Conifer seedling recruitment in a southeastern Canadian boreal forest: the importance of substrate
Article first published online: 24 FEB 2009
1998 IAVS - the International Association of Vegetation Science
Journal of Vegetation Science
Volume 9, Issue 4, pages 575–582, August 1998
How to Cite
Simard, M.-J., Bergeron, Y. and Sirois, L. (1998), Conifer seedling recruitment in a southeastern Canadian boreal forest: the importance of substrate. Journal of Vegetation Science, 9: 575–582. doi: 10.2307/3237273
- Issue published online: 24 FEB 2009
- Article first published online: 24 FEB 2009
- Received 23 September 1996; Revision received 19 January 1997; Accepted 13 May 1998.
- Abies balsamea;
- Nurse log;
- Picea glauca;
- Thuja occidentalis
- Hosie (1972)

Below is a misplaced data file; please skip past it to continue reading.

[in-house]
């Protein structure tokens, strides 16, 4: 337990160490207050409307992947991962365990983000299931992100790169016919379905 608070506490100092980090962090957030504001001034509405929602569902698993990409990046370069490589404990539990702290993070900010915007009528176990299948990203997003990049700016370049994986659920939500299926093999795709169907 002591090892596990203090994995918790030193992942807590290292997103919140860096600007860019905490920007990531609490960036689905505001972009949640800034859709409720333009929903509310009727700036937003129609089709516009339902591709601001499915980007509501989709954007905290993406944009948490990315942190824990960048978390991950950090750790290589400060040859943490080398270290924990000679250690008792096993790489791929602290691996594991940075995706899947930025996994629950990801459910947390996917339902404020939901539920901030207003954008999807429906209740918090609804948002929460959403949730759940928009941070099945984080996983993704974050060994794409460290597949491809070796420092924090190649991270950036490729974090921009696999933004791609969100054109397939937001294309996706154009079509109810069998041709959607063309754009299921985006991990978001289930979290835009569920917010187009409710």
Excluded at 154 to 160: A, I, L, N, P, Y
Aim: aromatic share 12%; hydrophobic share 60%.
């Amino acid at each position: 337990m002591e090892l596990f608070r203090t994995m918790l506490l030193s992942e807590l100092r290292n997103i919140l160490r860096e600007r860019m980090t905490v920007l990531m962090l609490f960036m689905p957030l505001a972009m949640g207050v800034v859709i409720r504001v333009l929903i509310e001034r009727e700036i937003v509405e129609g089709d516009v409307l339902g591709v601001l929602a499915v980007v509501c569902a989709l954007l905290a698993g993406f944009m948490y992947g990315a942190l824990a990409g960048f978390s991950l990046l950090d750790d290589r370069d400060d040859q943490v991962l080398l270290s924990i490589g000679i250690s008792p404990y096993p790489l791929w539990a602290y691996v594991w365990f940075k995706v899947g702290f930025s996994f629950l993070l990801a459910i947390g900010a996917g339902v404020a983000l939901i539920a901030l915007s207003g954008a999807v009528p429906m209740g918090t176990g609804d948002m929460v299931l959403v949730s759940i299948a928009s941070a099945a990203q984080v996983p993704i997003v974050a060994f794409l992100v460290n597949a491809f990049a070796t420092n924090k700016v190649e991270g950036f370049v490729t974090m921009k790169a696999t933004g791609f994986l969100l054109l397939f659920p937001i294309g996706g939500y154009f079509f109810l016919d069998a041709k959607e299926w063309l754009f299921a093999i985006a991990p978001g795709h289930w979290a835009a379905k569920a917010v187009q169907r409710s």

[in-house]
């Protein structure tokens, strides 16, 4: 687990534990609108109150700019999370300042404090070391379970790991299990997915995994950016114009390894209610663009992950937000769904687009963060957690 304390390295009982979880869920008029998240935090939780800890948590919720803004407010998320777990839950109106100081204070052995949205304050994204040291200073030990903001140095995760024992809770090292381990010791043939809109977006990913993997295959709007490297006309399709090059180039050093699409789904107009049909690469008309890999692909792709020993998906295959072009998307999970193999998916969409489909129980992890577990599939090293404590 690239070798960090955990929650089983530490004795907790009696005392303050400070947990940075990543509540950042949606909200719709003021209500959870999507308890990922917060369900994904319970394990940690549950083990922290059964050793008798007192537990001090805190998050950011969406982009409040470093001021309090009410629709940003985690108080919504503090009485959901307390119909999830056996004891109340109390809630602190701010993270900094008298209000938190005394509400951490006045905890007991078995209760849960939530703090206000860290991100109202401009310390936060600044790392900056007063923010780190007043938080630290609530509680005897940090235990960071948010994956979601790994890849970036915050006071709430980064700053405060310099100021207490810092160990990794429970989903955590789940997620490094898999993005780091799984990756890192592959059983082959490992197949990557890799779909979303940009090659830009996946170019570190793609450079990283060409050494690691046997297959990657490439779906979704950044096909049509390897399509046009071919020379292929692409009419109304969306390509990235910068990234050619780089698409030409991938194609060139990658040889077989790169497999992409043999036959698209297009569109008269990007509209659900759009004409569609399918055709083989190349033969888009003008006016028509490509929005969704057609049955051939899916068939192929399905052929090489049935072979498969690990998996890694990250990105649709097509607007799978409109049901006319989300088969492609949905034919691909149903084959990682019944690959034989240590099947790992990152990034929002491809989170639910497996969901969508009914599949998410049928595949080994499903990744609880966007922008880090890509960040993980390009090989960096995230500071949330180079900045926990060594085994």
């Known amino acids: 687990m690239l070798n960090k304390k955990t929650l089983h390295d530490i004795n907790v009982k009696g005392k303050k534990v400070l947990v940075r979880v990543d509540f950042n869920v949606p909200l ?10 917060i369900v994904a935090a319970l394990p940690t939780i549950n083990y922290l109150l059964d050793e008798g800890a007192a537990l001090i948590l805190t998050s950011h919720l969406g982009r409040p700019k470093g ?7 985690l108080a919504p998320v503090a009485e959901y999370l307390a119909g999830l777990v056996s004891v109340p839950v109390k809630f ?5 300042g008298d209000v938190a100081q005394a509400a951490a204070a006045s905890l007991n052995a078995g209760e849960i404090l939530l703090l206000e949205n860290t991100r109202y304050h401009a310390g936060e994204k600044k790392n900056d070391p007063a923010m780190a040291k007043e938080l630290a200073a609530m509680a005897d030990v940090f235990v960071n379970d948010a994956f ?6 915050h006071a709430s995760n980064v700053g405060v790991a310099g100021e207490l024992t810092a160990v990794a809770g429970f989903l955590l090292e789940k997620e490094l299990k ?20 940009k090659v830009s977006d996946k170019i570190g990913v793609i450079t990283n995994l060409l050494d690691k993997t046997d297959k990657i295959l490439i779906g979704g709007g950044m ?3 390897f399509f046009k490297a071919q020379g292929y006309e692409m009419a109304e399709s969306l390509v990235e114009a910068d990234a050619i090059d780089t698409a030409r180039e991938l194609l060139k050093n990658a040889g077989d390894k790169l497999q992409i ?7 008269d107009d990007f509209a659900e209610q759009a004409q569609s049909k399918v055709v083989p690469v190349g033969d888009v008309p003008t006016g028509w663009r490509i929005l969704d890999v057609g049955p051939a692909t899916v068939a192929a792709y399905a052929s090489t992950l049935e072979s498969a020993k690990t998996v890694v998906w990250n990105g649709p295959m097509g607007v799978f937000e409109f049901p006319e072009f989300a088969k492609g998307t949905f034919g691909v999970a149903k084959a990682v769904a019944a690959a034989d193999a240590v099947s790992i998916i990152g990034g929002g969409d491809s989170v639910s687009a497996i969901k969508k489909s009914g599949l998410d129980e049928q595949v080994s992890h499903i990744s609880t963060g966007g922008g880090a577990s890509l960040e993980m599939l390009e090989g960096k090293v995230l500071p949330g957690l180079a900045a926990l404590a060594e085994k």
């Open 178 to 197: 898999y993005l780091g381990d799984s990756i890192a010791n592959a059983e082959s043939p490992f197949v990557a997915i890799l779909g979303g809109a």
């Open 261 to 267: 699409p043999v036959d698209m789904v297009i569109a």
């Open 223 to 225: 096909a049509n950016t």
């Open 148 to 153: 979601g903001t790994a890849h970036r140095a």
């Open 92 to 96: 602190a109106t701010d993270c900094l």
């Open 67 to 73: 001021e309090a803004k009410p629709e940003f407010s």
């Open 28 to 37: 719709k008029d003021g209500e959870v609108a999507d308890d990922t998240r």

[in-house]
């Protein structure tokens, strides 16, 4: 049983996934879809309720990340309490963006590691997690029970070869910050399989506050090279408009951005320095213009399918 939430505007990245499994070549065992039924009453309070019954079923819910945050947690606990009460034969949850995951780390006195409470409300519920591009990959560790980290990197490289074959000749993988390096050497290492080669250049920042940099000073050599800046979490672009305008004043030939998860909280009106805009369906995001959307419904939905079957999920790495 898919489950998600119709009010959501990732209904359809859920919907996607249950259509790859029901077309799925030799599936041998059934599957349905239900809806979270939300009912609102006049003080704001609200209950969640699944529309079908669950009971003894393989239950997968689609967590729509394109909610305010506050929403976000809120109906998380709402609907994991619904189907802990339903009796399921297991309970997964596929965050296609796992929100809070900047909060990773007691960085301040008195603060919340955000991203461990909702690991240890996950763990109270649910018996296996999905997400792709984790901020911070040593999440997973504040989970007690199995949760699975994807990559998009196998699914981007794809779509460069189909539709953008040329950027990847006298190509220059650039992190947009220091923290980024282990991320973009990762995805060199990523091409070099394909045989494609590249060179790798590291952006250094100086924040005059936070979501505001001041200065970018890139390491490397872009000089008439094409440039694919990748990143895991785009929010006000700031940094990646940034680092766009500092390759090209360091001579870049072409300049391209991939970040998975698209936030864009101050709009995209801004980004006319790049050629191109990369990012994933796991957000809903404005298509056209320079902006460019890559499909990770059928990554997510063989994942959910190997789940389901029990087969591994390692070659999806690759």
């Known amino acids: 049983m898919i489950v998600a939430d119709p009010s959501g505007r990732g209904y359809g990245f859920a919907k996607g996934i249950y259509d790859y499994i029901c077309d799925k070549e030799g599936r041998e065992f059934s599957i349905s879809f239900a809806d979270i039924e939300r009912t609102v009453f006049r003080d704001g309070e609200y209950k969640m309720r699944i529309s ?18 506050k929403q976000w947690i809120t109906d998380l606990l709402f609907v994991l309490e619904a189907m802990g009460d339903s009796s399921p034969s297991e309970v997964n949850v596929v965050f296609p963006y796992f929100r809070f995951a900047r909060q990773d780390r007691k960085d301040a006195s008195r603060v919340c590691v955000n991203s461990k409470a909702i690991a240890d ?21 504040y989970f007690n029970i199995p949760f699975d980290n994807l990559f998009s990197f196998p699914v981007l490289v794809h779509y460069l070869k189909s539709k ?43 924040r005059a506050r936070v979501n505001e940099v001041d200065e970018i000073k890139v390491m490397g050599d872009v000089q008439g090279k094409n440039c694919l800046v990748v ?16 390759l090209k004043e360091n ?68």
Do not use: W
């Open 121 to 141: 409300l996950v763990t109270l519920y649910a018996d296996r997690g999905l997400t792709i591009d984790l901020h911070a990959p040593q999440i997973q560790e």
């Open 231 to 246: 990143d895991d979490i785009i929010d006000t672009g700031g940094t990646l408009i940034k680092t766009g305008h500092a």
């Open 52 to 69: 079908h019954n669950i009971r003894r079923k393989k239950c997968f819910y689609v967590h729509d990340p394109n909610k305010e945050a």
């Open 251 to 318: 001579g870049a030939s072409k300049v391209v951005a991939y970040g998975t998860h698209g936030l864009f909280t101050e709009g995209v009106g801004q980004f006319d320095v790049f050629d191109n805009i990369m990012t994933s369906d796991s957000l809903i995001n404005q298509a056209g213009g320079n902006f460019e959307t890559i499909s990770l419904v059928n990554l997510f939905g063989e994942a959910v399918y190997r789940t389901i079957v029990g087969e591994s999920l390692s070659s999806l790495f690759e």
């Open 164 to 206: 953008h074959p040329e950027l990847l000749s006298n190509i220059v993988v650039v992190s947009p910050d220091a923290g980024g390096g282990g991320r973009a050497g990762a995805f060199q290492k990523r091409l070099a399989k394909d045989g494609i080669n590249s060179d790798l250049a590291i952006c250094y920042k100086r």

Abstract. In order to explain conifer species recruitment in Canada's southeastern boreal forest, we characterized conifer regeneration microsites and determined how these microsites vary in abundance during succession. Microsite abundance was evaluated in deciduous, mixed and coniferous stands along a 234-yr postfire chronosequence. Conifers were most often found in relatively well-illuminated microsites, devoid of litter, especially broad-leaf litter, and with a reduced cover of lower vegetation (< 50 cm tall). Although associated with moss-rich forest floor substrates, Abies balsamea was the most ubiquitously distributed species. Picea glauca and especially Thuja occidentalis seedlings were frequently found on rotten logs. Light measurements did not show differences among seedling species nor between stand types. The percentage cover of broad-leaf litter decreased significantly during succession. Also, rotten logs covered with moss occupied a significantly larger area in the mid-successionnal stands than in early successional deciduous or late successional coniferous stands. The results suggest that the presence of specific forest floor substrate types is a factor explaining low conifer recruitment under deciduous stands, conifer codominance in the mid-successional stage, and delayed Thuja recolonization after fire. Results also suggest that some facilitation mechanism is responsible for the observed directional succession.